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PROCEDURE - Information or indictment - Joinder or severance of counts

Tuesday, March 12, 2019 @ 8:35 AM  


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Appeal by Durant from his conviction, by jury, of two counts of first degree murder. Two women involved in the sex trade were found dead from blunt force trauma, 29 months apart in the Niagara Region. Both had used cocaine before their death. The blood of both victims was found in the appellant’s residence. The appellant’s ex-wife testified at trial that she had assisted the appellant hide the body of a woman he admitted to having hit over the head with a hammer in their garage, days before the first victim was found. The second victim was in the company of the appellant when she was last seen alive. The trial judge admitted the evidence on each count as evidence of a similar act on the other count and refused to order separate trials on each count. He also admitted 34 intercepted telephone calls in which the appellant participated. He refused to discharge a juror acquainted with the second victim’s step-mother. He did not leave manslaughter as an available verdict on the count relating to the first victim.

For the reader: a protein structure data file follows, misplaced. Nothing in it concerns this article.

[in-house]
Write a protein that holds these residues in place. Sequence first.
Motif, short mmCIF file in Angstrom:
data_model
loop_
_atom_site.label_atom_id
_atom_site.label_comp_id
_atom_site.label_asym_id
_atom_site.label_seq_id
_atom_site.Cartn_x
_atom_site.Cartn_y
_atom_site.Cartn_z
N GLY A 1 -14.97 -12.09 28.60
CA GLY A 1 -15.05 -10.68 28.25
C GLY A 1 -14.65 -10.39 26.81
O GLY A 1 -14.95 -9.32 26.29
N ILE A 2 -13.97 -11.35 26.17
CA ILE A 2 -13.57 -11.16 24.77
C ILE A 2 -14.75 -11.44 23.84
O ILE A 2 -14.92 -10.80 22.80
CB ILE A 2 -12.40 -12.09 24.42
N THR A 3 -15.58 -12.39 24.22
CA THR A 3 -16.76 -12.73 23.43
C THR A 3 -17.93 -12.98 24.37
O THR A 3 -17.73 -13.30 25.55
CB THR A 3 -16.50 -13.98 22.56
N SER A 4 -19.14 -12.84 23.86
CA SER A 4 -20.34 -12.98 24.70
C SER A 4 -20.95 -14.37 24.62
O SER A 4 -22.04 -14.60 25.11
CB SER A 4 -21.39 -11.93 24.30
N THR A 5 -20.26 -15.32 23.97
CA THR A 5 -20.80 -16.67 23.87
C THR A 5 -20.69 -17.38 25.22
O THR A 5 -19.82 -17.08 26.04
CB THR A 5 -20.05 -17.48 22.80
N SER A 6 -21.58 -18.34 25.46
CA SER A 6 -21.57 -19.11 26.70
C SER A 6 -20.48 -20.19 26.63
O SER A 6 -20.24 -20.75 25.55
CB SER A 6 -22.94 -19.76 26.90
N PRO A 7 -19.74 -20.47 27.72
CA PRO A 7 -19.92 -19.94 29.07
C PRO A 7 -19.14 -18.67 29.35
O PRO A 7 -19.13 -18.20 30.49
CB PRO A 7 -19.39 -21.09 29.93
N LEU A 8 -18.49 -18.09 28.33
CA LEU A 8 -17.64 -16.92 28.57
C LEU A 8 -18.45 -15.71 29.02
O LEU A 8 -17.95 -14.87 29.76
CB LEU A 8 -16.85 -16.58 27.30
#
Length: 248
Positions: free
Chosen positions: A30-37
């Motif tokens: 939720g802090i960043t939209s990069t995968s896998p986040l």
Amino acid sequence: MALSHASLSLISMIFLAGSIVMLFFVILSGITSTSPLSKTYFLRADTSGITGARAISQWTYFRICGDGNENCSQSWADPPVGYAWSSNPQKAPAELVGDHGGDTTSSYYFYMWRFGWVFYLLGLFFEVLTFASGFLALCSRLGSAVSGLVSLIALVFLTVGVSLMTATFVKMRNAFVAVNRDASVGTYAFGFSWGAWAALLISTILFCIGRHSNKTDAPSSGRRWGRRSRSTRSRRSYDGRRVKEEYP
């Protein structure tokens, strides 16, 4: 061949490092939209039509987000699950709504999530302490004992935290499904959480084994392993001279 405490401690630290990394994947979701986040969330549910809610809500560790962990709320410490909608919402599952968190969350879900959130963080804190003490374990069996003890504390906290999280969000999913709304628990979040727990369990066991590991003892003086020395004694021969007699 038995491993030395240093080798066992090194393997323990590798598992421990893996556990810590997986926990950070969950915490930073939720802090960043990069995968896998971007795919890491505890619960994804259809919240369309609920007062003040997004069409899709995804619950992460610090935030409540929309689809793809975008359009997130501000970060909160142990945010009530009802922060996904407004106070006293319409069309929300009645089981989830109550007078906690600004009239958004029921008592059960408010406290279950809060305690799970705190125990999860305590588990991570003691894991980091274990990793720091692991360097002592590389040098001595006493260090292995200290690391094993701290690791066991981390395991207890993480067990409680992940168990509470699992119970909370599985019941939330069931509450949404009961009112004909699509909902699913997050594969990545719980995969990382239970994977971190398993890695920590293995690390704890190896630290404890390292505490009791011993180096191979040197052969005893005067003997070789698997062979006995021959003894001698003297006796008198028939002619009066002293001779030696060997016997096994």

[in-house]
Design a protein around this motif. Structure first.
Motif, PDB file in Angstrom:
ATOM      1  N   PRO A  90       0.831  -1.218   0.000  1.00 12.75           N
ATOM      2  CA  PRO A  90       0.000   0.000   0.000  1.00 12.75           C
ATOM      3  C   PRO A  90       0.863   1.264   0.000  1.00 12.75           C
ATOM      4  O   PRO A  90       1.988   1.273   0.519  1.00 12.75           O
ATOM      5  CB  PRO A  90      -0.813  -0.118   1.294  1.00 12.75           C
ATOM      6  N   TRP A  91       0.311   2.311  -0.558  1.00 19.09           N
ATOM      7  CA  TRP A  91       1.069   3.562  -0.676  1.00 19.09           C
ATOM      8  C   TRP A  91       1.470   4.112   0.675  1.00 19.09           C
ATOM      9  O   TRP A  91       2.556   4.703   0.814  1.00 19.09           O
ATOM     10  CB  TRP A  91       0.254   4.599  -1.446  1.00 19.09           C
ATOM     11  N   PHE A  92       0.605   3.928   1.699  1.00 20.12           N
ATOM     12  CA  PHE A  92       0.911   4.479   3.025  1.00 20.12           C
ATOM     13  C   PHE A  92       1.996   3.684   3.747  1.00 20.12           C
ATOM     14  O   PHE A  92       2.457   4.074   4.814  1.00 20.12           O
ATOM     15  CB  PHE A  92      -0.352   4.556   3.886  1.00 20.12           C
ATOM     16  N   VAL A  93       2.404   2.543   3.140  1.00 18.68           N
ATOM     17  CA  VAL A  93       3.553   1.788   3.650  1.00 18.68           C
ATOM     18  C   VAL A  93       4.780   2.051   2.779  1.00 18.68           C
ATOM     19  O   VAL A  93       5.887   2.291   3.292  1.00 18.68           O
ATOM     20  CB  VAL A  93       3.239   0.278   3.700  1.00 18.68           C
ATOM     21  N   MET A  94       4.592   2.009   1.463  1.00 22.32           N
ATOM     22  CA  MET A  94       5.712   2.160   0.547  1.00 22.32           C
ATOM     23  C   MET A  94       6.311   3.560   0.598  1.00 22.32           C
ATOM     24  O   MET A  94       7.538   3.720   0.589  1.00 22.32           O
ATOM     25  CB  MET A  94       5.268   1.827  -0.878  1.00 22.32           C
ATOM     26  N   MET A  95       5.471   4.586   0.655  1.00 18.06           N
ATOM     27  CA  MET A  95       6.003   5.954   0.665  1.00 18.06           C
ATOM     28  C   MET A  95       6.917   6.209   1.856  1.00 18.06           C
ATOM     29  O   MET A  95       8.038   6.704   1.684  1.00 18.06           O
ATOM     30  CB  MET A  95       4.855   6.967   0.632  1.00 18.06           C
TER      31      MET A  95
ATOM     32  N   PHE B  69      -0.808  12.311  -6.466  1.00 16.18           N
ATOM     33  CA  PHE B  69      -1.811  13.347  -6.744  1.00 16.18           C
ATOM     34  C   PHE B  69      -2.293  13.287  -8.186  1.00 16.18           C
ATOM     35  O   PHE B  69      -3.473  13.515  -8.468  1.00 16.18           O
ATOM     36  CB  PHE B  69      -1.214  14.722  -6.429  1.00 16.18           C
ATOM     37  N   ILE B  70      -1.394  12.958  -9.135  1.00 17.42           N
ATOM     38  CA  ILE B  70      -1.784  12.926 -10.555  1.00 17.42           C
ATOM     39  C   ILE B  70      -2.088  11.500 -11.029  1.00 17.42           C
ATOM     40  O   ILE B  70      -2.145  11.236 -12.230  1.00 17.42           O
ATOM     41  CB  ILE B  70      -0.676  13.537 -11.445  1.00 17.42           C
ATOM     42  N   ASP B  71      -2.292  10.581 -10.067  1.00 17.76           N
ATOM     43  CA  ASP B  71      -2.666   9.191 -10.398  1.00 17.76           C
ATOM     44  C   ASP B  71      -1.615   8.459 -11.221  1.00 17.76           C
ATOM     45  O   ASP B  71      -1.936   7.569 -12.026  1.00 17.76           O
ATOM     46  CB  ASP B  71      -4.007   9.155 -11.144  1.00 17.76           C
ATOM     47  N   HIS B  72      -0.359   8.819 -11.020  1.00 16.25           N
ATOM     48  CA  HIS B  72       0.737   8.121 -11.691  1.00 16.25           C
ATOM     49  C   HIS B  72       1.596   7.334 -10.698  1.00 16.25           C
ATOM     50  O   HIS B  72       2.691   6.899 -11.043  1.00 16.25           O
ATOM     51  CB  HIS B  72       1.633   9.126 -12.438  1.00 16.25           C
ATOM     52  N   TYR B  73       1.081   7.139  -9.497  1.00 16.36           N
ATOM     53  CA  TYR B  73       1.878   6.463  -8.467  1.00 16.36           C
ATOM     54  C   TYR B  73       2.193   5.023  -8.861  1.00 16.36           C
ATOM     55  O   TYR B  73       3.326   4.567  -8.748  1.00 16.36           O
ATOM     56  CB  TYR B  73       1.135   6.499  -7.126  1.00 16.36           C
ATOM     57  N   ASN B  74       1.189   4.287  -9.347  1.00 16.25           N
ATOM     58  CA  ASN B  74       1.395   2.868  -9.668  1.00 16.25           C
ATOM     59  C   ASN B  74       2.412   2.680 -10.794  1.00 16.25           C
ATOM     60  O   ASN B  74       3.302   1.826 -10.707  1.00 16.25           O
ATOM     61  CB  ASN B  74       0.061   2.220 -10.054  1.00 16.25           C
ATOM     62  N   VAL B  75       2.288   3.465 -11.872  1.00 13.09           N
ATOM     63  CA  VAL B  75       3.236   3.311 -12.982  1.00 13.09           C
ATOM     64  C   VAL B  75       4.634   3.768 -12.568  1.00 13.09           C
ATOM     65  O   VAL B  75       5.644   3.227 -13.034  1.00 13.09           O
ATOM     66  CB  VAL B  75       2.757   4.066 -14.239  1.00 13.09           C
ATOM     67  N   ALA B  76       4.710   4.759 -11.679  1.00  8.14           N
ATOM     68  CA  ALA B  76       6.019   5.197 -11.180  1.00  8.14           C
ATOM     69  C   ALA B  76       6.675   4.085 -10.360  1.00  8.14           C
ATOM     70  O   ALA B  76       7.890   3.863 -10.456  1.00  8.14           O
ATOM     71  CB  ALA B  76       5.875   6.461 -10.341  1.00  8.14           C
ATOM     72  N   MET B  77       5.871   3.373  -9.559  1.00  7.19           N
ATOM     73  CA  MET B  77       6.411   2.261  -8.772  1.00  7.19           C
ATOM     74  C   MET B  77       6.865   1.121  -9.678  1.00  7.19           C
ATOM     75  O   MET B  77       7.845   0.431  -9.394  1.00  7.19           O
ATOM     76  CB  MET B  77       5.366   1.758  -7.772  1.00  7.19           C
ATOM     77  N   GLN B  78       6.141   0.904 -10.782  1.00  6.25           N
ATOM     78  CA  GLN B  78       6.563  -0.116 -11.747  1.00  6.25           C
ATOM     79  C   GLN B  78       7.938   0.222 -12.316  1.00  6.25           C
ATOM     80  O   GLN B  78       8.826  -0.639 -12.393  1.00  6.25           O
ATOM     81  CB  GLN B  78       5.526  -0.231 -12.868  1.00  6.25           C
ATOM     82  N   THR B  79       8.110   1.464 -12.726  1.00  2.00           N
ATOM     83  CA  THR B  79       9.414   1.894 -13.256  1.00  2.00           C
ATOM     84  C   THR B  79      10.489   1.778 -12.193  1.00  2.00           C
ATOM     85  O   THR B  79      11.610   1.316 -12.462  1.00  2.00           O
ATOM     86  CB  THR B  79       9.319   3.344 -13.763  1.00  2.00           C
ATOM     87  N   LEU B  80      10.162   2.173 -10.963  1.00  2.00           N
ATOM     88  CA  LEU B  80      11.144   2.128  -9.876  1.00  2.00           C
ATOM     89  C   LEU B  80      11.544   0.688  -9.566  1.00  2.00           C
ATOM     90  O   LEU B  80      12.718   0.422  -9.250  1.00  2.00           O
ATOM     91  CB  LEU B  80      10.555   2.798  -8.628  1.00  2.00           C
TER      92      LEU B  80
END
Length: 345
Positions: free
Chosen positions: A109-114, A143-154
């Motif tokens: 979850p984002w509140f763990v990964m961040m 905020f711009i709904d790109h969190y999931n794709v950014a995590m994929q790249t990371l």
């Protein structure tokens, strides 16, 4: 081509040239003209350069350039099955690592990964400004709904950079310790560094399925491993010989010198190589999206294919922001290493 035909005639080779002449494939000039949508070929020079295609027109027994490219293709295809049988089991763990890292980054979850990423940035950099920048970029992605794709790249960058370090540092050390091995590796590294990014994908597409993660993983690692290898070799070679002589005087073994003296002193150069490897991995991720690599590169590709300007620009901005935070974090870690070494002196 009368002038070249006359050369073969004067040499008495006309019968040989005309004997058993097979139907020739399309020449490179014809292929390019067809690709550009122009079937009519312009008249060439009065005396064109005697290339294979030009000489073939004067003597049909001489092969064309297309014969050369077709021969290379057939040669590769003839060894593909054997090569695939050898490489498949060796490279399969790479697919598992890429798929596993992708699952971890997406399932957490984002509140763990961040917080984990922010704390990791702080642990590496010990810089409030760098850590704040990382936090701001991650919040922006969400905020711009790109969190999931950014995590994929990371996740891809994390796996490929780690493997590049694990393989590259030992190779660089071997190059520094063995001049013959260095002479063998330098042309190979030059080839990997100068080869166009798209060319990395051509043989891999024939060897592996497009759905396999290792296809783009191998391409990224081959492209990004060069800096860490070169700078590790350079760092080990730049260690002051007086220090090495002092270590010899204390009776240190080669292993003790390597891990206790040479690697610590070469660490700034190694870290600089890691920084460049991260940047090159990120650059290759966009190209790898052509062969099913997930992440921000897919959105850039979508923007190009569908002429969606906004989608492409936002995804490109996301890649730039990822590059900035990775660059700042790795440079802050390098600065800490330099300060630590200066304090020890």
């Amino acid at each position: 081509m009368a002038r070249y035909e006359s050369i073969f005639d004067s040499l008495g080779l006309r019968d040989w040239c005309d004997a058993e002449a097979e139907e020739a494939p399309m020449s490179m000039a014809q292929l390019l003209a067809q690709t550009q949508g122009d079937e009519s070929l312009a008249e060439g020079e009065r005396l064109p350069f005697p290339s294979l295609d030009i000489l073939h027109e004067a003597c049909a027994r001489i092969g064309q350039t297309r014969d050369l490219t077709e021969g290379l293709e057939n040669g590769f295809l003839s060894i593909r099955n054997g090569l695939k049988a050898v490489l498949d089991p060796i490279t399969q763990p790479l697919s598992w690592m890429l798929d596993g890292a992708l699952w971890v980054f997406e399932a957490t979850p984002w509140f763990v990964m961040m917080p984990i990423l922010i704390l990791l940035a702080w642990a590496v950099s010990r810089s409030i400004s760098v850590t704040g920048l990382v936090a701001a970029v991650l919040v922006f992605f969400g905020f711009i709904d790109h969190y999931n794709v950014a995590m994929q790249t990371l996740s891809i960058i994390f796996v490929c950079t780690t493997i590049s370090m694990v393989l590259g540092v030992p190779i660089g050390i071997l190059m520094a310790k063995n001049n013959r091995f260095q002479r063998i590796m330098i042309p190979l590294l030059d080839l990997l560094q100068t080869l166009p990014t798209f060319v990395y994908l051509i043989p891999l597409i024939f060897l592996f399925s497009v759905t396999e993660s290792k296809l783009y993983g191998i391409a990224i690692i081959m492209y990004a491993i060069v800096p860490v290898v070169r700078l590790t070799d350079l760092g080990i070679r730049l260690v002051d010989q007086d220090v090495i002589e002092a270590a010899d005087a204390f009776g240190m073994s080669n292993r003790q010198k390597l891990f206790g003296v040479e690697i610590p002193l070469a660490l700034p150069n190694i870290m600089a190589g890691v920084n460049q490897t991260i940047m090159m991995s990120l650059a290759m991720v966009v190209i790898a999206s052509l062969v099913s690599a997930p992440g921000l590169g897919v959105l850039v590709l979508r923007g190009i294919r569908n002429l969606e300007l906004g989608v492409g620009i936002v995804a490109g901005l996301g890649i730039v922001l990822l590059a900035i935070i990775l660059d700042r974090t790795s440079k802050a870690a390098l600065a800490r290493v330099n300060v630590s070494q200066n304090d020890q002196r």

HELD: Appeal allowed; new and separate trials on each count were ordered. The trial judge erred in admitting the evidence on one count as evidence of a similar act on the other count. He further erred in failing to sever the counts to require a separate trial on each. The conduct being compared in the two counts did not reveal a unique trademark or signature required when offered as proof of identity. When the evidence of similar acts was removed from the analysis, the result should have been severance of the counts, not joinder. The trial judge erred in failing to discharge the juror because he failed to consider the importance of the appearance of fairness in deciding the suitability of the juror to continue. He erred in failing to leave manslaughter as an available verdict on the count relating to the first victim. The narrative given by the appellant’s ex-wife provided an air of reality to manslaughter as an available verdict. The trial judge did not err in admitting the intercepted private communications as evidence. The failure to listen contemporaneously, as required by the authorization, did not result in recording anything that should not have been recorded.

R. v. Durant, [2019] O.J. No. 556, Ontario Court of Appeal, D. Watt, G. Huscroft and G.T. Trotter JJ.A., February 4, 2019. Digest No. TLD-March112019005